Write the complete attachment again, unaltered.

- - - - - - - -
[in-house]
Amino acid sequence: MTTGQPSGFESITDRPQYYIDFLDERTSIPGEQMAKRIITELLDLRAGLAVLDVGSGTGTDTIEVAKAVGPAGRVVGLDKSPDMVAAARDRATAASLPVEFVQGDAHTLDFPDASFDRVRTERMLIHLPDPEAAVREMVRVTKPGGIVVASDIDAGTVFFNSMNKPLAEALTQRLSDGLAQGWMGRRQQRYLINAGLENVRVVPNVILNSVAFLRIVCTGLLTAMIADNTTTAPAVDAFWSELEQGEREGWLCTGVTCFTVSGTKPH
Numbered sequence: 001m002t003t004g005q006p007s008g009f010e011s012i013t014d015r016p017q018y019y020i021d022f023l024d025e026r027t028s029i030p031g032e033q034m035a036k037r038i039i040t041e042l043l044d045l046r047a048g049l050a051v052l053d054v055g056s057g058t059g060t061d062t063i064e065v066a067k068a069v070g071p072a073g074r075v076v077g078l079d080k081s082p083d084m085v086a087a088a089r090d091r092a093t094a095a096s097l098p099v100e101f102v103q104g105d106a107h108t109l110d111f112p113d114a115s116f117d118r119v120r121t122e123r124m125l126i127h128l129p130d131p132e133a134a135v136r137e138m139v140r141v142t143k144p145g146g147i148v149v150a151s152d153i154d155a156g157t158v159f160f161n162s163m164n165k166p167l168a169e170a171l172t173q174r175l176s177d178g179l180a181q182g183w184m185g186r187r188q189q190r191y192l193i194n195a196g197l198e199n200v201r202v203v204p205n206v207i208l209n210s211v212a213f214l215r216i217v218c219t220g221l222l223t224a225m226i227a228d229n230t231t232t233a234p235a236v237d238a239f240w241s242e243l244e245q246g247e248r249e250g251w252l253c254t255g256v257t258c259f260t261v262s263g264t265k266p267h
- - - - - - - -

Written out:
[in-house]
Amino acid sequence: MTTGQPSGFESITDRPQYYIDFLDERTSIPGEQMAKRIITELLDLRAGLAVLDVGSGTGTDTIEVAKAVGPAGRVVGLDKSPDMVAAARDRATAASLPVEFVQGDAHTLDFPDASFDRVRTERMLIHLPDPEAAVREMVRVTKPGGIVVASDIDAGTVFFNSMNKPLAEALTQRLSDGLAQGWMGRRQQRYLINAGLENVRVVPNVILNSVAFLRIVCTGLLTAMIADNTTTAPAVDAFWSELEQGEREGWLCTGVTCFTVSGTKPH
Numbered sequence: 001m002t003t004g005q006p007s008g009f010e011s012i013t014d015r016p017q018y019y020i021d022f023l024d025e026r027t028s029i030p031g032e033q034m035a036k037r038i039i040t041e042l043l044d045l046r047a048g049l050a051v052l053d054v055g056s057g058t059g060t061d062t063i064e065v066a067k068a069v070g071p072a073g074r075v076v077g078l079d080k081s082p083d084m085v086a087a088a089r090d091r092a093t094a095a096s097l098p099v100e101f102v103q104g105d106a107h108t109l110d111f112p113d114a115s116f117d118r119v120r121t122e123r124m125l126i127h128l129p130d131p132e133a134a135v136r137e138m139v140r141v142t143k144p145g146g147i148v149v150a151s152d153i154d155a156g157t158v159f160f161n162s163m164n165k166p167l168a169e170a171l172t173q174r175l176s177d178g179l180a181q182g183w184m185g186r187r188q189q190r191y192l193i194n195a196g197l198e199n200v201r202v203v204p205n206v207i208l209n210s211v212a213f214l215r216i217v218c219t220g221l222l223t224a225m226i227a228d229n230t231t232t233a234p235a236v237d238a239f240w241s242e243l244e245q246g247e248r249e250g251w252l253c254t255g256v257t258c259f260t261v262s263g264t265k266p267h